Puppet is an open source data center automation and configuration management framework. Puppet provides system administrators with a simplified platform that allows for consistent, transparent, and flexible systems management. Puppet lets System Administrators spend less time on mundane tasks and instead focus on managing their infrastructure strategically.
Last year I had the privilege of attending the first annual Puppet Camp in San Francisco. At the time, I was starting to play with Puppet's stored configuration functionality and was disappointed to find it didn't support storage in Oracle. So, I resolved to resolve that issue by writing Oracle support into Puppet. I'm pleased to report that the current version of Puppet (2.6) now supports Oracle as a storage option.
Oracle support would not have been possible without the amazing work of Raimonds Simanovskis and the rest of the team responsible for the activerecord-oracle_enhanced-adapter. Also, a huge thank you to Christopher Jones at Oracle for helping to debug a CLOB-related bug in the adapter and helping to get it fixed.
This blog post describes the process of configuring your Puppet Master to enable stored configuration in Oracle.
Installing Oracle Instant Client
The Oracle Instant Client is a streamlined set of client libraries for connecting to an Oracle database. You only need to install the Instant Client on a server that is not already running Oracle Database. If you're using Oracle Enterprise Linux, the Instant Client packages can be found by subscribing to the el5_oracle channel in Unbreakable Linux Network. To install via ULN, run:
- # up2date -i oracle-instantclient11.2-basic oracle-instantclient11.2-devel
Otherwise, you can install the Instant Client by downloading the Instant Client Package - Basic and Instant Client Package - SDK packages from the Oracle Technology Network.
Once you have installed the Instant Client, you need to ensure that the LD_LIBRARY_PATH environment variable includes the path to your Oracle Instant Client libraries. On Enterprise Linux, this can be achieved by creating an /etc/ld.so.conf.d/instantclient-11.2-x86_64.conf with the following line:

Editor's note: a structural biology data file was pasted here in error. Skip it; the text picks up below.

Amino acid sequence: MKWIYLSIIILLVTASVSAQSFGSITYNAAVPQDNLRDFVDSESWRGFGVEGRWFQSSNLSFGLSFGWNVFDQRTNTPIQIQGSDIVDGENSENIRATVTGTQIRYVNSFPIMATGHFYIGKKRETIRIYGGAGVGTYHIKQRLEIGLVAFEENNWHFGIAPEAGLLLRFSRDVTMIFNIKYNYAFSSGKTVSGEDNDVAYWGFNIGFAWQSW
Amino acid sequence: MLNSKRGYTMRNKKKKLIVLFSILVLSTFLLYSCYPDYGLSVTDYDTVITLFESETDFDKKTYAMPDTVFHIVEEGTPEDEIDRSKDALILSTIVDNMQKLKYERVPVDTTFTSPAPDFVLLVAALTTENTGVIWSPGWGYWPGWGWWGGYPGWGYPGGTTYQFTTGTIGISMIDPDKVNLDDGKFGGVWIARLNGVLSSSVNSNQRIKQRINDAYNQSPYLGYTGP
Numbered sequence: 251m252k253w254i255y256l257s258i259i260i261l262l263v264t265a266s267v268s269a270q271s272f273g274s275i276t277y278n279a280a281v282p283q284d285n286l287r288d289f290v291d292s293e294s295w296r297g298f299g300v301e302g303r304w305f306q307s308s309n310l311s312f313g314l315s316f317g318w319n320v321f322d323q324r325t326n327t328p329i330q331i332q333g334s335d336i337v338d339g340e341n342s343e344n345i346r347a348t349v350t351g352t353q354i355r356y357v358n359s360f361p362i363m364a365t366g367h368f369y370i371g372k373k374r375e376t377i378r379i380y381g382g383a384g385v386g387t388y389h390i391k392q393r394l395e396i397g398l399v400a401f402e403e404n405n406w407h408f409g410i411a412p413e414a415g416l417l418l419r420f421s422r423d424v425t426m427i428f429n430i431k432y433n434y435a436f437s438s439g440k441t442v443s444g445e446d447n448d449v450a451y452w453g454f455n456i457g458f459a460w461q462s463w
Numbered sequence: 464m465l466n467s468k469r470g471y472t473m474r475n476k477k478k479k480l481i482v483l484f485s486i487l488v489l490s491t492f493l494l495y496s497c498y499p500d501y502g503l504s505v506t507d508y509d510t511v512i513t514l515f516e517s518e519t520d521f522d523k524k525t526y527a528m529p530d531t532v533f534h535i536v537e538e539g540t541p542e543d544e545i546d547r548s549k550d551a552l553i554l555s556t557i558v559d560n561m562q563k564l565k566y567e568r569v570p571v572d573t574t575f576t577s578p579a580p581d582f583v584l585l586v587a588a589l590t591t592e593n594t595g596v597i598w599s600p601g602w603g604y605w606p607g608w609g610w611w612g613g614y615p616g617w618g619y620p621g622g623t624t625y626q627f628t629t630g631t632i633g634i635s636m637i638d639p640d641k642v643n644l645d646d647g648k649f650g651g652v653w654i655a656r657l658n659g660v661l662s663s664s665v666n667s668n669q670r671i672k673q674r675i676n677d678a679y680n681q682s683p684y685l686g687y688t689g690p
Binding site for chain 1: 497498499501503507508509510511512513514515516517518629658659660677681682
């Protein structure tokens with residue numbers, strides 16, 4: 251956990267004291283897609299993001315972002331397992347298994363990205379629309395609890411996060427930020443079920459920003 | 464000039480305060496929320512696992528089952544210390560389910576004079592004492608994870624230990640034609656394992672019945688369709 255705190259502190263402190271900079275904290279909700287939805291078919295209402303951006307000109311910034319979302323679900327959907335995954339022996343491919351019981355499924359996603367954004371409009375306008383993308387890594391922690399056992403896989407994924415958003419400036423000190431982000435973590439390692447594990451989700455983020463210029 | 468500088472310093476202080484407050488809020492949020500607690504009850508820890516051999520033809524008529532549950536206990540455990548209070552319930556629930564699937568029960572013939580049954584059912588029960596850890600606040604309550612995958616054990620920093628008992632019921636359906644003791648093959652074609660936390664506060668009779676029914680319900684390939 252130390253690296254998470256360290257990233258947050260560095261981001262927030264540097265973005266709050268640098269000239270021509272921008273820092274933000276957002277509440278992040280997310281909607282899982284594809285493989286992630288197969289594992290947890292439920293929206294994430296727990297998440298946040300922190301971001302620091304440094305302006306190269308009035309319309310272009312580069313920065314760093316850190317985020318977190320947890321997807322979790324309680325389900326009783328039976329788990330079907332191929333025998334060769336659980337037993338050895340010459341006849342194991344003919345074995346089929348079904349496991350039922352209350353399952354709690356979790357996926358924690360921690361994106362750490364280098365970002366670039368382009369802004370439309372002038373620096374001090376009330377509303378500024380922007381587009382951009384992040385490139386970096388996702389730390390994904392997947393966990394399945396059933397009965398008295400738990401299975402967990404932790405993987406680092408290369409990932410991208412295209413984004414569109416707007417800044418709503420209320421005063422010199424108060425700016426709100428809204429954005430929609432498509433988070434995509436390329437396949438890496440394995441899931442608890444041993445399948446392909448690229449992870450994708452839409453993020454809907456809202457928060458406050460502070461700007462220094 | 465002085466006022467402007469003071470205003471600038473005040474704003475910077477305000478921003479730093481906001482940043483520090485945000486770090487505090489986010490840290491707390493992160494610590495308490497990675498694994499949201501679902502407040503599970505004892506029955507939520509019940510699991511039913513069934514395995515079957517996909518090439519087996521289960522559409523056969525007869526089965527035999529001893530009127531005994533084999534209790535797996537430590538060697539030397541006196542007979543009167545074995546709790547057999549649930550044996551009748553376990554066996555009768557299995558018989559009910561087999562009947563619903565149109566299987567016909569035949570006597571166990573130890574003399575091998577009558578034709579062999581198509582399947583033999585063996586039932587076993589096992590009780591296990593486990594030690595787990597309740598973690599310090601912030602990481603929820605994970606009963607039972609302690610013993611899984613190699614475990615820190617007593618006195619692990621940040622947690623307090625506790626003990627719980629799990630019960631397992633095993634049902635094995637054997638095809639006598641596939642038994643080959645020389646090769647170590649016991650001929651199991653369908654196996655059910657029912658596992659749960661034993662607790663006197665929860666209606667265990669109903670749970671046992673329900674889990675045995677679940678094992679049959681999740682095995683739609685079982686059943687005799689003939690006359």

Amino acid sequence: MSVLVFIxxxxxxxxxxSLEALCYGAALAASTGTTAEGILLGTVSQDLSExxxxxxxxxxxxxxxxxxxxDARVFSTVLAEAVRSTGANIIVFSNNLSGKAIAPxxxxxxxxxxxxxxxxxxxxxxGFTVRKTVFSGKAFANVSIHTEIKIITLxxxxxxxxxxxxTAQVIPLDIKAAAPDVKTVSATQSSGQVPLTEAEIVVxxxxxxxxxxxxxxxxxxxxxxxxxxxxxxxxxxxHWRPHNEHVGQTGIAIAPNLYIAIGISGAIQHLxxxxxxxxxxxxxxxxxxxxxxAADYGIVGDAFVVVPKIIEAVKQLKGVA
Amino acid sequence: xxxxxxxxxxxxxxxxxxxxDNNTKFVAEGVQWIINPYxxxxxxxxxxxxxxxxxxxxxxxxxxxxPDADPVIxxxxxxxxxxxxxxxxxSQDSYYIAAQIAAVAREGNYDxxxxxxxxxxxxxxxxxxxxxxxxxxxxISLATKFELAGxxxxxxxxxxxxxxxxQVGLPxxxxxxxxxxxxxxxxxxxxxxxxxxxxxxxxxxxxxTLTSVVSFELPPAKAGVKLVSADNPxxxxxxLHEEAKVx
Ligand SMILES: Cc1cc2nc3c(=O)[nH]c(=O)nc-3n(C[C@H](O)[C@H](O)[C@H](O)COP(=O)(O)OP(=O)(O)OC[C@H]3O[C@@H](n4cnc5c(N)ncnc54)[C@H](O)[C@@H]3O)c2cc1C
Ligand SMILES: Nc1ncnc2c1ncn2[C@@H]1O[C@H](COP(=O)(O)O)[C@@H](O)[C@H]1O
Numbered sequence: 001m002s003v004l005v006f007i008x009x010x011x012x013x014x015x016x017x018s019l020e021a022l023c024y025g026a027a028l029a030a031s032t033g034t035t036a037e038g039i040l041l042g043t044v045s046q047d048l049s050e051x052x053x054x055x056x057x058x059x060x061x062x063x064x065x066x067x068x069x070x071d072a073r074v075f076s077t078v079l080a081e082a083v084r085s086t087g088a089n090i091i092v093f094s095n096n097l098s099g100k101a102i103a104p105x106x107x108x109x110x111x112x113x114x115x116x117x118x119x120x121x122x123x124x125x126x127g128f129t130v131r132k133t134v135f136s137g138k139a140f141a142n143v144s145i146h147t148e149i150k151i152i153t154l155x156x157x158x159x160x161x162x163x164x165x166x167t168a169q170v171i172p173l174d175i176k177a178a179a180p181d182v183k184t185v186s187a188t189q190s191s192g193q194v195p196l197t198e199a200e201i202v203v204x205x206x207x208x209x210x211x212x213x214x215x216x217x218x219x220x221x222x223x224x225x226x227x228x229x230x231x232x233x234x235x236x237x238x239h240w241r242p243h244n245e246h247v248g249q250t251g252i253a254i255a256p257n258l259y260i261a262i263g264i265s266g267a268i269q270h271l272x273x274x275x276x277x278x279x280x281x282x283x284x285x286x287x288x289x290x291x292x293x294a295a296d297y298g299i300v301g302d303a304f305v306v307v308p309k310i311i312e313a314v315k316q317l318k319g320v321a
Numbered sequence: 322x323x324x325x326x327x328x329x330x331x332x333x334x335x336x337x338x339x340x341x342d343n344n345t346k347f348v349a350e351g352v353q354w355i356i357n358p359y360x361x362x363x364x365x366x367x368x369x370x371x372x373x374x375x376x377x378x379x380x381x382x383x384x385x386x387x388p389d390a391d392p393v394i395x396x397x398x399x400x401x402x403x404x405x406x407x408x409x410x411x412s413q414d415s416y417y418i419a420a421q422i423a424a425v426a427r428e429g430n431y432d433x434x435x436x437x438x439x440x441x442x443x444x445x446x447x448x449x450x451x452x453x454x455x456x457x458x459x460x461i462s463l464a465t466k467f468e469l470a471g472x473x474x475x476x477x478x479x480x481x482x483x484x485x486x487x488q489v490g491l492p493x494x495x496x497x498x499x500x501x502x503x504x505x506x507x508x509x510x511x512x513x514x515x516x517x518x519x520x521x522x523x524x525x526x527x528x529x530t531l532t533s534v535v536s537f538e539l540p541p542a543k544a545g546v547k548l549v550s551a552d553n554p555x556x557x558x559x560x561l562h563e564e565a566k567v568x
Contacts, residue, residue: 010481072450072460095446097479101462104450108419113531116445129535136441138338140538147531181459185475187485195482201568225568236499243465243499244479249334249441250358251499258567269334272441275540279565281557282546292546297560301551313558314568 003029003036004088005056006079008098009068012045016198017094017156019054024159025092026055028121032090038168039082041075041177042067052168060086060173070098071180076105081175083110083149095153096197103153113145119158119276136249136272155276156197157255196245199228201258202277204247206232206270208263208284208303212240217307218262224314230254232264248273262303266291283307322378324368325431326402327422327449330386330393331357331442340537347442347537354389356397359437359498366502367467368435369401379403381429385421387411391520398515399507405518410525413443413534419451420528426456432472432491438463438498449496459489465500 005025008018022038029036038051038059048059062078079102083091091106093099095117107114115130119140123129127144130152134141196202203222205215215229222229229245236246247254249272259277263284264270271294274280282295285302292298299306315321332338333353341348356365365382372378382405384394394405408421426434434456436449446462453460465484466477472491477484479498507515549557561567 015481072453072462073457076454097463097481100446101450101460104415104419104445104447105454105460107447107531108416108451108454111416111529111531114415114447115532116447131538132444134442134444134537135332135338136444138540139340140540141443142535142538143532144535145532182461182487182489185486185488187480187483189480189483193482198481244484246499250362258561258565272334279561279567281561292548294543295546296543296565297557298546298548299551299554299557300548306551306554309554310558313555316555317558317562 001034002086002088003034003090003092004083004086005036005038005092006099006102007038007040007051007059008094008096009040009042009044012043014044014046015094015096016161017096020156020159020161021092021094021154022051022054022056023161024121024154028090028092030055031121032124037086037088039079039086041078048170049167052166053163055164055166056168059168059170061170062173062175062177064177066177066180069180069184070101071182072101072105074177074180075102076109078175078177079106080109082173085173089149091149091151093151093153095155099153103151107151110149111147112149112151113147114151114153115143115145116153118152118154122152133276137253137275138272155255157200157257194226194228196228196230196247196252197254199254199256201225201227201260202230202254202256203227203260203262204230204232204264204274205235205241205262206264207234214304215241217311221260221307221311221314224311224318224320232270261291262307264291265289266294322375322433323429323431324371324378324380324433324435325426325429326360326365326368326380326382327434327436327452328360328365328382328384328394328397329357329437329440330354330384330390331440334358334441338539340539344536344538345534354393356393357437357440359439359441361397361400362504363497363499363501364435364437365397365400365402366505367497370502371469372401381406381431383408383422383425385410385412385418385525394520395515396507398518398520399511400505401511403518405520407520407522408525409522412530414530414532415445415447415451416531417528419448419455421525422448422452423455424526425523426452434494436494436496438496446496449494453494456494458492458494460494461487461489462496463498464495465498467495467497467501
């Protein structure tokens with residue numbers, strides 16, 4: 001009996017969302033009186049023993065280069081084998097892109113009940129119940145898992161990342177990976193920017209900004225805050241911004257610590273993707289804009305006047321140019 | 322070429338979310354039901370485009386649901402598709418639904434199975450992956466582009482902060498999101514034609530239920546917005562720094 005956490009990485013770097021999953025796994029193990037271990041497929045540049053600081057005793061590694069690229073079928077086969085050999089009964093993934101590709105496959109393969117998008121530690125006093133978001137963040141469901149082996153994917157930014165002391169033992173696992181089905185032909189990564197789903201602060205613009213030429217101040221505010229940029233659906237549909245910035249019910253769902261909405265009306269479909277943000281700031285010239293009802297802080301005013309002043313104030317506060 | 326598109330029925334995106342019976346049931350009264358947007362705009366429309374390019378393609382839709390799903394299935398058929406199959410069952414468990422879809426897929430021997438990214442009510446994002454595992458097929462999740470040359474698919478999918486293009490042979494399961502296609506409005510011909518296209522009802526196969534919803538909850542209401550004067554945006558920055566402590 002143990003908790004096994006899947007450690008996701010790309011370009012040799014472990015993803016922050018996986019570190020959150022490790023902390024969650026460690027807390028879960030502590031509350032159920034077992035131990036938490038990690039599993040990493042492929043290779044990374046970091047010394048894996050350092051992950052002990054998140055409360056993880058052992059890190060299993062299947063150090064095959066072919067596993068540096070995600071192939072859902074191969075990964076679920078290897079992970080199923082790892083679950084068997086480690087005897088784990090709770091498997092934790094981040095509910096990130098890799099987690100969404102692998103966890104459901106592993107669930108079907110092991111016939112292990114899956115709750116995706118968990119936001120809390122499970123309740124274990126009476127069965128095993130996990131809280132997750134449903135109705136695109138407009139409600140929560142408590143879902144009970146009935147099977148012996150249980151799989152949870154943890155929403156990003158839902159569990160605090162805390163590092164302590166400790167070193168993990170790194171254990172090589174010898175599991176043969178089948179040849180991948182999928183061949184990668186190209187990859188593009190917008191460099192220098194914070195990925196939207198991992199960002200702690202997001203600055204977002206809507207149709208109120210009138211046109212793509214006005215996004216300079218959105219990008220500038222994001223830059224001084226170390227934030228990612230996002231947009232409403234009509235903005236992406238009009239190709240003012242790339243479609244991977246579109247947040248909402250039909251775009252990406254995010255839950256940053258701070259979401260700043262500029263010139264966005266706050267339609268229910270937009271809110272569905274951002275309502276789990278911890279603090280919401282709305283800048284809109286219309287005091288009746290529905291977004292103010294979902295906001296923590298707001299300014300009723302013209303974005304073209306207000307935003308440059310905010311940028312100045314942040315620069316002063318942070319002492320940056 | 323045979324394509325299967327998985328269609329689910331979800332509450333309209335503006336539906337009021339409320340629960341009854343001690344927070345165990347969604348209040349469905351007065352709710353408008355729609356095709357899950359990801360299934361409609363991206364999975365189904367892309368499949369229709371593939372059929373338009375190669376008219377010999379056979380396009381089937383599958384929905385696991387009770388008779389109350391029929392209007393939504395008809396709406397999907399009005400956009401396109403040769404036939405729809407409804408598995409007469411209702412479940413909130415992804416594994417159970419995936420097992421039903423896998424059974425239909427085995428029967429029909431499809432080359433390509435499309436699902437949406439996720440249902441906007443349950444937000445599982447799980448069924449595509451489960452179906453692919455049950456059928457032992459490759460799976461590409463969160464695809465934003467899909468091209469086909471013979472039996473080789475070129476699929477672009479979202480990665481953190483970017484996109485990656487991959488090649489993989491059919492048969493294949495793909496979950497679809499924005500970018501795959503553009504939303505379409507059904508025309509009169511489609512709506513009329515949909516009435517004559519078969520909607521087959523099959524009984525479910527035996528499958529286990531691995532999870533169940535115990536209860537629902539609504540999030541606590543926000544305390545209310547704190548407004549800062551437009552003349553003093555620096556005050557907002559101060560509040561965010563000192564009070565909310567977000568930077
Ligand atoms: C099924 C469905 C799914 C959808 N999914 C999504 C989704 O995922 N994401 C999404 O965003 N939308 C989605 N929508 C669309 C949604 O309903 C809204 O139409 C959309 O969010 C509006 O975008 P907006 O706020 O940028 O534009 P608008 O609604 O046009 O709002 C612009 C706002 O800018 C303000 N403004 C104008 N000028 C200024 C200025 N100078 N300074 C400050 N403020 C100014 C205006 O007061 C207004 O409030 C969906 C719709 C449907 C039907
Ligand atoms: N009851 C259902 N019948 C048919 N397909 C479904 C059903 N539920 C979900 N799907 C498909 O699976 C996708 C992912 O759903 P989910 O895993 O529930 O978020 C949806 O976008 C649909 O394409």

Then, recreate ld.so.cache by running the following command:
- # ldconfig -v
If you are not running Enterprise Linux, you will need to ensure that the LD_LIBRARY_PATH environment variable for all users includes the Oracle Instant Client libraries otherwise the next steps will not complete successfully.
Download ruby-oci8-2.0.4.tar.gz from Rubyforge. Scroll down to find the 2.0.4 packages.
In order to successfully compile ruby_oci8, ensure you have the Ruby development package (ruby-devel RPM) installed, as well as the entire "Development Tools" group.
- # tar zxvf ruby-oci8-2.0.4.tar.gz
- # cd ruby-oci8-2.0.4
- # make
- # make install
Installing Puppet-required Gems
- # gem install rails
(Installs rake, activesupport, activerecord, rack, actionpack, actionmailer, activeresource, rails)
Once Rails is installed, we need to install the Oracle Enhanced adapter for ActiveRecord. This uses the ruby_oci8 software we installed before to connect to our Oracle database.
- # gem install activerecord-oracle_enhanced-adapte
Installing Oracle Express Edition and Creating the Oracle user
In most organisations, an Oracle DBA is responsible for day-to-day management and maintenance of Oracle databases. If your organisation
has an existing Oracle database footprint and DBA, you should ask the DBA to create an appropriate Puppet schema for you on an existing
Oracle database and provide you with the hostname, service name, username and password for that schema. Once you have these details, you can skip directly to the "Configuring Stored Configuration" section a little lower down.
If you are just starting out with Oracle or want to play with it for development purposes, I recommend downloading a copy of Oracle Database 10g Release 2 Express Edition. Oracle Database 10g Express Edition (Oracle Database XE) is an entry-level, small-footprint database based on the Oracle Database 10g Release 2 code base that's free to develop, deploy, and distribute; fast to download; and simple to administer.